Research Day

Trapped Behind The Looking Glass: A Case Of Hallucinogenic Persisting Perception Disorder With Response To Prazosin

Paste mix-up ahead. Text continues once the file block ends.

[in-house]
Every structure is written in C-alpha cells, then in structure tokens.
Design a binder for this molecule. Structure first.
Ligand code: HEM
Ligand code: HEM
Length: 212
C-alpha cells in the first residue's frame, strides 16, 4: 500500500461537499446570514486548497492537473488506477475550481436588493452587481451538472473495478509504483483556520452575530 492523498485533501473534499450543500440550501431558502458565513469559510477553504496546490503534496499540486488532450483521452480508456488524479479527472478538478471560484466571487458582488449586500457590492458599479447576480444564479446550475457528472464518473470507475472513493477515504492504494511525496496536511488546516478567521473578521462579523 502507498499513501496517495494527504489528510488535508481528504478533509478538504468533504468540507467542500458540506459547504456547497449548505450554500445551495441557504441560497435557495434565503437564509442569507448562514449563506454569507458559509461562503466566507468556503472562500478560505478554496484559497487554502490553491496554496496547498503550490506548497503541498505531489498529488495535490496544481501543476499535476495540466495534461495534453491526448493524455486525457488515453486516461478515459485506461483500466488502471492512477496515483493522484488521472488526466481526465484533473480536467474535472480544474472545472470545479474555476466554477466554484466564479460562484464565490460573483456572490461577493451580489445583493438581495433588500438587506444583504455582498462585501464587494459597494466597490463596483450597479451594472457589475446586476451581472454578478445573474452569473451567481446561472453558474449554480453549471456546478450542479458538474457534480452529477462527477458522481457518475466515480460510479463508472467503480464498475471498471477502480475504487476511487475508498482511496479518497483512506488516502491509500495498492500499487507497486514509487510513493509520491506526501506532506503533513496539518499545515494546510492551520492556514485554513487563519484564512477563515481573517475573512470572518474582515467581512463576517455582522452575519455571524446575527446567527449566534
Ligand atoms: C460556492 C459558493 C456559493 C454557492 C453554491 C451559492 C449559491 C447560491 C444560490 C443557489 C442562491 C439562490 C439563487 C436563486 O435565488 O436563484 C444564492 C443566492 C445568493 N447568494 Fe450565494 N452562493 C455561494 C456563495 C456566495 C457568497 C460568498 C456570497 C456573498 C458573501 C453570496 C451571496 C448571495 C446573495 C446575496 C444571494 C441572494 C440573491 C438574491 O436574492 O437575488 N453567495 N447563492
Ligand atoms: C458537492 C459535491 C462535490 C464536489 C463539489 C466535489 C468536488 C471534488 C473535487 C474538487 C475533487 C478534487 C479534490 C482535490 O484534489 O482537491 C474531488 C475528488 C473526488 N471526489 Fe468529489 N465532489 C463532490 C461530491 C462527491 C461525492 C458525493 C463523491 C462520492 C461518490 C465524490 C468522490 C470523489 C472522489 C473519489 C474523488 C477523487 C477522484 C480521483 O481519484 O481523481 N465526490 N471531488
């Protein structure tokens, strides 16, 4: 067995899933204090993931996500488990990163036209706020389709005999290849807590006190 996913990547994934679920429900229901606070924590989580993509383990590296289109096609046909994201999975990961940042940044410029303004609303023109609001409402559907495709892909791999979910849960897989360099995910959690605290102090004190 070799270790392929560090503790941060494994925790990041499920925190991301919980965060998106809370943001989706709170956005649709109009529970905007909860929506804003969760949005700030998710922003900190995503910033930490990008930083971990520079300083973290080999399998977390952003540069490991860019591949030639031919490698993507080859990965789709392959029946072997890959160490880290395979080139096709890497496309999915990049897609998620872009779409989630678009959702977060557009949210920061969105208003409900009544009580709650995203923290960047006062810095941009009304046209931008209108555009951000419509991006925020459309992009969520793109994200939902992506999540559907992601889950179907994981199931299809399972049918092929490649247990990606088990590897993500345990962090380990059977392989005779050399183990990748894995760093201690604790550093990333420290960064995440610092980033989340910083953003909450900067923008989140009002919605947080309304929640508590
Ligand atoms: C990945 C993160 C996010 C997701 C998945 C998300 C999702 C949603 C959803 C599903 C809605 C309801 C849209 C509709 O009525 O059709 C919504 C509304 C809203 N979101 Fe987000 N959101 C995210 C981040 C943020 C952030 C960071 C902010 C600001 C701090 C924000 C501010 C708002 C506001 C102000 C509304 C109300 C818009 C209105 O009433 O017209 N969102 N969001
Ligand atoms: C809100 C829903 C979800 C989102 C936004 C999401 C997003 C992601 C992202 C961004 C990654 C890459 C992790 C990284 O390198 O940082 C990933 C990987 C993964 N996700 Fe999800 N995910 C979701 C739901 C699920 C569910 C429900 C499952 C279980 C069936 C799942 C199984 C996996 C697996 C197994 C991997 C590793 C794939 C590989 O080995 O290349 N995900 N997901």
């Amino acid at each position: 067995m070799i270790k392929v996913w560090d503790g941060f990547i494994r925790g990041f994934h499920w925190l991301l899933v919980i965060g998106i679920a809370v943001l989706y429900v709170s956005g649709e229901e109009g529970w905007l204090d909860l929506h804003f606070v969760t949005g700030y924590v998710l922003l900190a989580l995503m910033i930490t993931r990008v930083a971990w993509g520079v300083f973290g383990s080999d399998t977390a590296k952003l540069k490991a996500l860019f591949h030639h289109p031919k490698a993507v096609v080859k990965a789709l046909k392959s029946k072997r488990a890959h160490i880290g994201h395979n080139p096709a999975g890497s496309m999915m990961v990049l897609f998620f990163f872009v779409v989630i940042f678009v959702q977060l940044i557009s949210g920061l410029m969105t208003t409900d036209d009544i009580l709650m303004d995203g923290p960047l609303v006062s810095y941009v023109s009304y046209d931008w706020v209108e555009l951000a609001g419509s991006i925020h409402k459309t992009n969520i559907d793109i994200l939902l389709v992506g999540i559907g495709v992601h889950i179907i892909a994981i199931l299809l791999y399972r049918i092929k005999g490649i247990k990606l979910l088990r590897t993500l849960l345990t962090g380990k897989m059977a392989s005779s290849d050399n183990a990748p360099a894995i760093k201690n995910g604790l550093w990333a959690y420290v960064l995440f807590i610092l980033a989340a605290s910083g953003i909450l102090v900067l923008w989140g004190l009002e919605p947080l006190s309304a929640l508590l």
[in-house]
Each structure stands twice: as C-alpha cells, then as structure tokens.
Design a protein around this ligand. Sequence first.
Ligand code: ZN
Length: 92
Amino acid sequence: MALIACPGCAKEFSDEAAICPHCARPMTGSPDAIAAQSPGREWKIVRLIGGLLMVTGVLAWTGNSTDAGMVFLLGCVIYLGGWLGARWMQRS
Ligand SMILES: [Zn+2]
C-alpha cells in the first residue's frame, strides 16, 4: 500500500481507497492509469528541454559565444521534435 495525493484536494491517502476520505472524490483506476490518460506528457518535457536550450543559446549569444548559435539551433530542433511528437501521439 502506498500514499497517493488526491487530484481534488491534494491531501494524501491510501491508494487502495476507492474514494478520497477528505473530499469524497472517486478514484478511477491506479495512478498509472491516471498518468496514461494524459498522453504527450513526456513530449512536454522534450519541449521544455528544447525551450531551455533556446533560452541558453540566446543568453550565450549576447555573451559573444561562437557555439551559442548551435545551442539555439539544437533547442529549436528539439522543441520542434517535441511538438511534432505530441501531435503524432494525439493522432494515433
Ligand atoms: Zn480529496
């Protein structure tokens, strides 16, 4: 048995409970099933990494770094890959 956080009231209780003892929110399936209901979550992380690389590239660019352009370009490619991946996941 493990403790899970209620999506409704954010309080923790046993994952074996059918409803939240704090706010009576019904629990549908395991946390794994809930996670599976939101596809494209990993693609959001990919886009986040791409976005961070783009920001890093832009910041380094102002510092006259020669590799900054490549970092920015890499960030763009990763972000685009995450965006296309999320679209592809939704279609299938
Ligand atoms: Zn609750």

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Hallucinogens have made a comeback, both recreationally and in the medical field. Discussions of microdosing LSD for depression or ayahuasca for addiction seem unavoidable in the mainstream. Recreationally, hallucinogens have been used by 15% of Americans in their lifetime (SAMSA) and by 1.9% of the population within the last year. Many users cite hallucinogens as being a powerful tool for expansion of the mind and spirit. However, with any substance there are risks and potential side effects. Familiar to many under the propagandized term "flashbacks", hallucinogen persisting perception disorder (HPPD) is a rarely encountered DSM5 diagnosis that can cause significant impairment and distress in hallucinogen users. As the name indicates, patients who suffer from HPPD have enduring perceptual disturbances long after they are no longer under the influence of a hallucinogen. Literature on HPPD is sparse, and no definitive treatment exists. What follows is a review of HPPD and a case report of a young man who ingested a large amount of lysergic acid diethylamide (LSD) over the course of two months and developed persistent changes in both vision and hearing. The most distressing symptom being the appearance of "the walls breathing" almost constantly, every day. The patient was diagnosed with PTSD and treated with prazosin for nightmares and somatic symptoms of anxiety unrelated to his drug use, incidentally reporting dissipation of the perceptual disturbances. This appears to be a novel use of prazosin; however further research is necessary.

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